LEM's Sentinel 3+ is a battery-monitoring transducer that measures
the voltage, temperature and impedance of cells and complete batteries in
uninterruptible power supply (UPS) installations of all sizes up to mega-watt
back-up power supplies for data centers and hospitals. Sentinel 3+ reports its
measurements - on valve-regulated lead-acid (VRLA), gel or flooded stationary
batteries - to supervisory systems over a dedicated communications bus, and
offers a unique capability to assess the true state-of-health of UPS batteries
while they are in service. Sentinel 3+ gives complete confidence that battery
arrays will deliver their rated power when called on to do so, and identifies
weak and failing cells without the need to remove them from service for cycling
Technology developments such
as the availability of fast insulated-gate bipolar transistors (IGBTs) reduce
costs by eliminating transformers from their circuit configurations. The
battery packs that the Sentinel product monitors are operated in a floating
voltage mode: the battery is subjected to higher ripple currents, and the
monitoring circuitry must handle high common-mode voltages, with superimposed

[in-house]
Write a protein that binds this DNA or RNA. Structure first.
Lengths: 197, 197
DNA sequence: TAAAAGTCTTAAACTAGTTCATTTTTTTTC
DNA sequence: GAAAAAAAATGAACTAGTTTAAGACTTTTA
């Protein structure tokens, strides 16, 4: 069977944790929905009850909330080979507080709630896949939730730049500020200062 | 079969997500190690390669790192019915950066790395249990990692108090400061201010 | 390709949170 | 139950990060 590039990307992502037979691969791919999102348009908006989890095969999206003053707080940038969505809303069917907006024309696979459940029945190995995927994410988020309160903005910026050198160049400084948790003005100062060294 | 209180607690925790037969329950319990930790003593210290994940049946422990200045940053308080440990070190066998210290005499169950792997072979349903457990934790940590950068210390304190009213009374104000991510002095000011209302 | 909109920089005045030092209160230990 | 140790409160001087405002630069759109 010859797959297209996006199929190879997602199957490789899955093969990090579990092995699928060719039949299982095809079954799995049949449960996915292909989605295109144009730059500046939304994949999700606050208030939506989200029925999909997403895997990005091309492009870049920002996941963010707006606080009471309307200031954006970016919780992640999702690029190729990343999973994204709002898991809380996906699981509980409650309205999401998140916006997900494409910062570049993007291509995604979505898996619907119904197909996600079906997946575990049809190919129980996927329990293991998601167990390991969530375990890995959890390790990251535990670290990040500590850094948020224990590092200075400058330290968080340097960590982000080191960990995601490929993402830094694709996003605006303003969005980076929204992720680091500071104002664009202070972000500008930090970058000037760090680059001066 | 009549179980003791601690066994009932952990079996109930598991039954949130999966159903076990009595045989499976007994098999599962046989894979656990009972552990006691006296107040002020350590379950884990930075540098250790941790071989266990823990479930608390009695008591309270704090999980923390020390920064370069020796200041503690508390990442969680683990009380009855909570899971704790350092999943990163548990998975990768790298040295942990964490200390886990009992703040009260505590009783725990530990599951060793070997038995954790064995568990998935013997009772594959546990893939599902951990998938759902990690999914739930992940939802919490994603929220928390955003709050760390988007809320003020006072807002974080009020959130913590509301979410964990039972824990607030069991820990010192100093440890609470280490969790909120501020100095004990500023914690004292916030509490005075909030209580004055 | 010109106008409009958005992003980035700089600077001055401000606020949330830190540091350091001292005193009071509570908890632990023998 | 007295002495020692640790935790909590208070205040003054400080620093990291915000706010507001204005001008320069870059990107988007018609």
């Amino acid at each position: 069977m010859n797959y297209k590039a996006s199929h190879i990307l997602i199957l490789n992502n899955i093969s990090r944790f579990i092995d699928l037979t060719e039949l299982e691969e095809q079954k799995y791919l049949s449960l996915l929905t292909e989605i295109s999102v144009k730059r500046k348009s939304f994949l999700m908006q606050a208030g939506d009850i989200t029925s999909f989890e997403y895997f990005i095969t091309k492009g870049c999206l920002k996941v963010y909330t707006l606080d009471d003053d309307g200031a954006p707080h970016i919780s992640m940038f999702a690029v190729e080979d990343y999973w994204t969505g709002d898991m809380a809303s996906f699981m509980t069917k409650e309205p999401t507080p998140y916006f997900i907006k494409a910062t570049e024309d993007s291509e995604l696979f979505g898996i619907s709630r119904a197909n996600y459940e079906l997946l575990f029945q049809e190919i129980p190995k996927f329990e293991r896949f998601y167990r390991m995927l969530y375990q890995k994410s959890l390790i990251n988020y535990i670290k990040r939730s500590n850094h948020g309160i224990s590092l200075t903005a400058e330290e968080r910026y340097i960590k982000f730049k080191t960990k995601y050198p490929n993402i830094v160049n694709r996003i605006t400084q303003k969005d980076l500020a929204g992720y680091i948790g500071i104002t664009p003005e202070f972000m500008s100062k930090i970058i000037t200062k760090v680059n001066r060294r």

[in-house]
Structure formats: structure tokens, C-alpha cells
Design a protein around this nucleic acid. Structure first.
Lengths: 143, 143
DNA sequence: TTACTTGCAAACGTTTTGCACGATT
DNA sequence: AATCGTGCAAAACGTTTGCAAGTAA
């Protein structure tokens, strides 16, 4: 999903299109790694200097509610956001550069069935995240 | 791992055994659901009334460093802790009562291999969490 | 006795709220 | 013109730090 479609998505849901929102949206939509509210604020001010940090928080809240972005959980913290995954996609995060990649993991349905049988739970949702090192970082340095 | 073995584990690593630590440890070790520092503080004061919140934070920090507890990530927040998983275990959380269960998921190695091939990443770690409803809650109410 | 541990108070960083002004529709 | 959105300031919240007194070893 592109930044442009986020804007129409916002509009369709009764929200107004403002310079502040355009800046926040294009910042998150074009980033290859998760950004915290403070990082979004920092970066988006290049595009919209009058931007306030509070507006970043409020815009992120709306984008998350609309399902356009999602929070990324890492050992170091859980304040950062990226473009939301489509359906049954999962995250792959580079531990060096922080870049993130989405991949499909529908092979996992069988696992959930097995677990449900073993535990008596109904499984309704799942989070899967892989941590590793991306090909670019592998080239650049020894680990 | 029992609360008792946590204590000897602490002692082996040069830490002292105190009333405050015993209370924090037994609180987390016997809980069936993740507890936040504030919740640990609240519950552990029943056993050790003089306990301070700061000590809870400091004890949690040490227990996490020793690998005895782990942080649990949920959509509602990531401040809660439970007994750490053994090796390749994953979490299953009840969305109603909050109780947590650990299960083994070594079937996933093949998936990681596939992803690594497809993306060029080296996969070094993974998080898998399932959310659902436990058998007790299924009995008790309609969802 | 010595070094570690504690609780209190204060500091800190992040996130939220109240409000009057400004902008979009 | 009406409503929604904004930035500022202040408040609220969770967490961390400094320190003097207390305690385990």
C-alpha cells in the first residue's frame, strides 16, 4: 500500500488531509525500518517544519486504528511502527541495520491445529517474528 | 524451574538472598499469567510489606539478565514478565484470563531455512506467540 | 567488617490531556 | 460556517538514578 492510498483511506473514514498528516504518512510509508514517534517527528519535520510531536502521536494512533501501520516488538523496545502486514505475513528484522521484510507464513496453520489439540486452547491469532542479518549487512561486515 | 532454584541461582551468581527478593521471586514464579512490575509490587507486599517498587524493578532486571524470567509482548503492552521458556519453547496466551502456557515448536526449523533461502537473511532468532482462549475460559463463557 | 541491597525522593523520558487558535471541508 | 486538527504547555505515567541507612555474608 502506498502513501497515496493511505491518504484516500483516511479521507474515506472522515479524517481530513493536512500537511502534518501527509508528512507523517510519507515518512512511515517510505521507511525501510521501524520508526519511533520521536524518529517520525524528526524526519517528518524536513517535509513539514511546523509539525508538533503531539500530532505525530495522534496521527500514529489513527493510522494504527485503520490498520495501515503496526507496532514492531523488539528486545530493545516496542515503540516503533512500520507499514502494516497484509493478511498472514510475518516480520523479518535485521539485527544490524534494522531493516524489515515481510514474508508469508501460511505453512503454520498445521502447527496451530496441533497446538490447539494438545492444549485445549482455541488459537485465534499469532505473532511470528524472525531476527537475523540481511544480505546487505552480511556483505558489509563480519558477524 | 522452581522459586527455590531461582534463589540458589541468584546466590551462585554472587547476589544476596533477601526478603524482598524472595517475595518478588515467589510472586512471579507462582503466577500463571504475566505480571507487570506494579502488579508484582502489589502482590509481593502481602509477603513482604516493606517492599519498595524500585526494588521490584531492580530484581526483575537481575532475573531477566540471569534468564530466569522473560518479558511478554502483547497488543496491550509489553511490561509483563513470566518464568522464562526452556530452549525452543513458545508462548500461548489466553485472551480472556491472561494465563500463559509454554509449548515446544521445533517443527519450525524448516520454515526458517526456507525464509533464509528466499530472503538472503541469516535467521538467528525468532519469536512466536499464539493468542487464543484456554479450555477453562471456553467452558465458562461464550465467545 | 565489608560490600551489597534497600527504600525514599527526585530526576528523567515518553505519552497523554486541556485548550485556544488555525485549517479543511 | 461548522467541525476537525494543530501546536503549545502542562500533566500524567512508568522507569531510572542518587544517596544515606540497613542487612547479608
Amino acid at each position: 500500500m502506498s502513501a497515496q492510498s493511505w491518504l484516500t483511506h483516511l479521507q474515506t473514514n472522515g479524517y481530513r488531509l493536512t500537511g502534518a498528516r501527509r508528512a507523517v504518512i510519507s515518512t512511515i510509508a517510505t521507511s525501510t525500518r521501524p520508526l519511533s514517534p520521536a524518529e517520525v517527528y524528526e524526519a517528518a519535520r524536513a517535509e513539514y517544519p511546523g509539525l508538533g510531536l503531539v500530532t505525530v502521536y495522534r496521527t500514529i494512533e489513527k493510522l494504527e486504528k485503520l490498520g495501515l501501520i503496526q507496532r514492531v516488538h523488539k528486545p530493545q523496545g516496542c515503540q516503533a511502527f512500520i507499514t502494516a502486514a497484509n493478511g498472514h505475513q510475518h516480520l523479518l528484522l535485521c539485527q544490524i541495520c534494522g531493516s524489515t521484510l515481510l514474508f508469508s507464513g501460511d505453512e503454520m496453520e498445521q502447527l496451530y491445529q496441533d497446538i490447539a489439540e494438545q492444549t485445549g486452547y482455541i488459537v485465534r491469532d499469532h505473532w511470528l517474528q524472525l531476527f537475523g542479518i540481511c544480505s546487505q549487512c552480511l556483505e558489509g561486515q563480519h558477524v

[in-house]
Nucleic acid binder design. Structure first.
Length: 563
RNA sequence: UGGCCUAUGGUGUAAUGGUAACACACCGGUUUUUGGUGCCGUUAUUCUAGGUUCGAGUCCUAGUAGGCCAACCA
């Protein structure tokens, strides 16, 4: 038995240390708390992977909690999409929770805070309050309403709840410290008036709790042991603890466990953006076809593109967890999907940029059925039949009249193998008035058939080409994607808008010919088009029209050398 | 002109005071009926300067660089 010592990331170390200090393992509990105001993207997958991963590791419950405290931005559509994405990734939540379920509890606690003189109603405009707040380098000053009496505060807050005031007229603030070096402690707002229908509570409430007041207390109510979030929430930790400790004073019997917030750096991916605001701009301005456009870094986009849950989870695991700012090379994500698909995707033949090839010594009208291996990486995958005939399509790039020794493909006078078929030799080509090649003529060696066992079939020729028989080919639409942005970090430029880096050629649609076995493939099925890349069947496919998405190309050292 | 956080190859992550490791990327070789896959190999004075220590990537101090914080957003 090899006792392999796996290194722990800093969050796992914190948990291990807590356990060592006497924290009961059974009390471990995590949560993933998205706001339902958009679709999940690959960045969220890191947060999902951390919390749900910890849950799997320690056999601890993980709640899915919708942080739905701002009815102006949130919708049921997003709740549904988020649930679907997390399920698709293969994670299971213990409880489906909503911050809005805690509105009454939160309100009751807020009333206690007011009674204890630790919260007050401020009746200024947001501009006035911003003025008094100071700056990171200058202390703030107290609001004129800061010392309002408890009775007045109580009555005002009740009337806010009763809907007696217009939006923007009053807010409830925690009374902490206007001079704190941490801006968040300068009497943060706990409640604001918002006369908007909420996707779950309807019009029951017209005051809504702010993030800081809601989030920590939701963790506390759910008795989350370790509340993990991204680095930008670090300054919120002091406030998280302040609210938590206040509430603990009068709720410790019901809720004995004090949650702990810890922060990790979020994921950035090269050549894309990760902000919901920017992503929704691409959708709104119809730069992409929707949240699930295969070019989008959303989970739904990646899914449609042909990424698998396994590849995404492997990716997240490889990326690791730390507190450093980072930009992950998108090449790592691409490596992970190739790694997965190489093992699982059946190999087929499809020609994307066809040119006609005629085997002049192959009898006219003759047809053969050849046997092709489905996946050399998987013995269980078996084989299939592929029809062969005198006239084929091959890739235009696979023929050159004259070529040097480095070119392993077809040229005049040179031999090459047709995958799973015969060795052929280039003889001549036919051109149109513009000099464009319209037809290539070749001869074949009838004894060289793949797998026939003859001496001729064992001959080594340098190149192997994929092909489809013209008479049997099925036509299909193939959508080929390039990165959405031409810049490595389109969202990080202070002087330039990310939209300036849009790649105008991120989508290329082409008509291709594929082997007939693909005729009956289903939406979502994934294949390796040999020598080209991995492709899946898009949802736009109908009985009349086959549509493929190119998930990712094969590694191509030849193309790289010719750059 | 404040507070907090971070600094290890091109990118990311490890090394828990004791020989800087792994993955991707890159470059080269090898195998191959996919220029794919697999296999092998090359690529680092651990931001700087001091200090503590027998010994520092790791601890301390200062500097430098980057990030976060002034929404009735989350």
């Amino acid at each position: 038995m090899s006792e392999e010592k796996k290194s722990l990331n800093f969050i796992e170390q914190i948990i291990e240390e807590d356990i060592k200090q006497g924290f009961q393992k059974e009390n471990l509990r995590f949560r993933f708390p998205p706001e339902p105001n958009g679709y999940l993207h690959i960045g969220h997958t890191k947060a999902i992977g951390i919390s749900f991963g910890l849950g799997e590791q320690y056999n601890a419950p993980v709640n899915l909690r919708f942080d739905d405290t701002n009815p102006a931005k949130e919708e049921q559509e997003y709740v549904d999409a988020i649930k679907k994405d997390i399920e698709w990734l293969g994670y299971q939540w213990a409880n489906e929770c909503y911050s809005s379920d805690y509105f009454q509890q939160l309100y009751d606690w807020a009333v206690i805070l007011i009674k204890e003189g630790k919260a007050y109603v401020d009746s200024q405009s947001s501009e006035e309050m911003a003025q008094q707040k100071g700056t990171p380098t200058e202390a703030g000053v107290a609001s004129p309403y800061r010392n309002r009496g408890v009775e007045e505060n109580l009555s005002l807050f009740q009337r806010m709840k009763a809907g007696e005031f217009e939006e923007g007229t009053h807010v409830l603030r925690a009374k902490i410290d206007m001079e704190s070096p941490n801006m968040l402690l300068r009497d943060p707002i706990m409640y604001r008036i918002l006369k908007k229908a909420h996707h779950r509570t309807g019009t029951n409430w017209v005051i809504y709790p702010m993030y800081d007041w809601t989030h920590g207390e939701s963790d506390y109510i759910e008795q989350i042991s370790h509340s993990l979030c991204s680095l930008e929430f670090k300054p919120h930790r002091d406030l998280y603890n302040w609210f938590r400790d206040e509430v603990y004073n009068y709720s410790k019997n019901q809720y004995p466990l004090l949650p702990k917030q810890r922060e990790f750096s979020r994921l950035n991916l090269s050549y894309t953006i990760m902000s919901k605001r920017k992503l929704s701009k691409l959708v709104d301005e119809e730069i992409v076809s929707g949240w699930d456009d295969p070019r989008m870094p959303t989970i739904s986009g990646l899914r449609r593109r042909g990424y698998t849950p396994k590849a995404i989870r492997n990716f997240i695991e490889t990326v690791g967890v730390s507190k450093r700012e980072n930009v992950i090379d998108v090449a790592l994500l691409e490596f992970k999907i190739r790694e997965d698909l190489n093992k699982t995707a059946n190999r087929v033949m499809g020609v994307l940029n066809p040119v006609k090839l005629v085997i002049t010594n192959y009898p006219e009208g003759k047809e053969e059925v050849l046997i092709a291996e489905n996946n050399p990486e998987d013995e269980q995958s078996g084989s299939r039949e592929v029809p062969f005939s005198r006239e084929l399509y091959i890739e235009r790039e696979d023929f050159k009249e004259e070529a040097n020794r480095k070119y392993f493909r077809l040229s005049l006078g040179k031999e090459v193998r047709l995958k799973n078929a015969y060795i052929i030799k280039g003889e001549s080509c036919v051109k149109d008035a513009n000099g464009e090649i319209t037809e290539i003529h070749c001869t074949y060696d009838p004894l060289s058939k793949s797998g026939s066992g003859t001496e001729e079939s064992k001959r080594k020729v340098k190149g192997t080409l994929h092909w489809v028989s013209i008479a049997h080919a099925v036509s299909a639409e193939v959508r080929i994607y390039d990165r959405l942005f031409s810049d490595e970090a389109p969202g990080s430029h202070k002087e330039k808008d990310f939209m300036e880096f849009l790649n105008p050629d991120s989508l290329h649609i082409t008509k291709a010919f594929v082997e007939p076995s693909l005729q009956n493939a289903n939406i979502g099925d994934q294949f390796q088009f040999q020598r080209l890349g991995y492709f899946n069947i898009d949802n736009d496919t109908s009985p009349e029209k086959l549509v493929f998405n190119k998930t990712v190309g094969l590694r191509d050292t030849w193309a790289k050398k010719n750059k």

high-amplitude, fast transients.
LEM's Sentinel 3+ has upgraded
algorithms to address more challenging measurement environments and improved EMC
immunity and enhanced robustness. Sentinel 3+ delivers voltage measurements
over a range of 0.9 to 16 V with an accuracy of +/-0.5 percent; impedance
measurement from 0.05 to 250 mO with repeatability of +/-2 percent.
Sentinel 3+ features Common Mode Transient Immunity up to 20 kV/µsec with a
common-mode voltage level of +/-600 V, and a transient repetition rate of 20
Samsung's Galaxy line of smartphones used to fare quite well in the repairability department, but last year's flagship S5 model took a tumble, scoring a meh-inducing 5/10. Will the newly redesigned S6 lead us back into star-studded territory, or will we sink further into the depths of a repairability black hole?
In 2003, the world contained just over 500 million Internet-connected devices. By 2010, this figure had risen to 12.5 billion connected objects, almost six devices per individual with access to the Internet. Now, as we move into 2015, the number of connected 'things' is expected to reach 25 billion, ultimately edging toward 50 billion by the end of the decade.
NASA engineer Brian Trease studied abroad in Japan as a high school student and used to fold fast-food wrappers into cranes using origami techniques he learned in library books. Inspired by this, he began to imagine that origami could be applied to building spacecraft components, particularly solar panels that could one day send solar power from space to be used on earth.
Focus on Fundamentals consists of 45-minute on-line classes that cover a host of technologies. You learn without leaving the comfort of your desk. All classes are taught by subject-matter experts and all are archived. So if you can't attend live, attend at your convenience.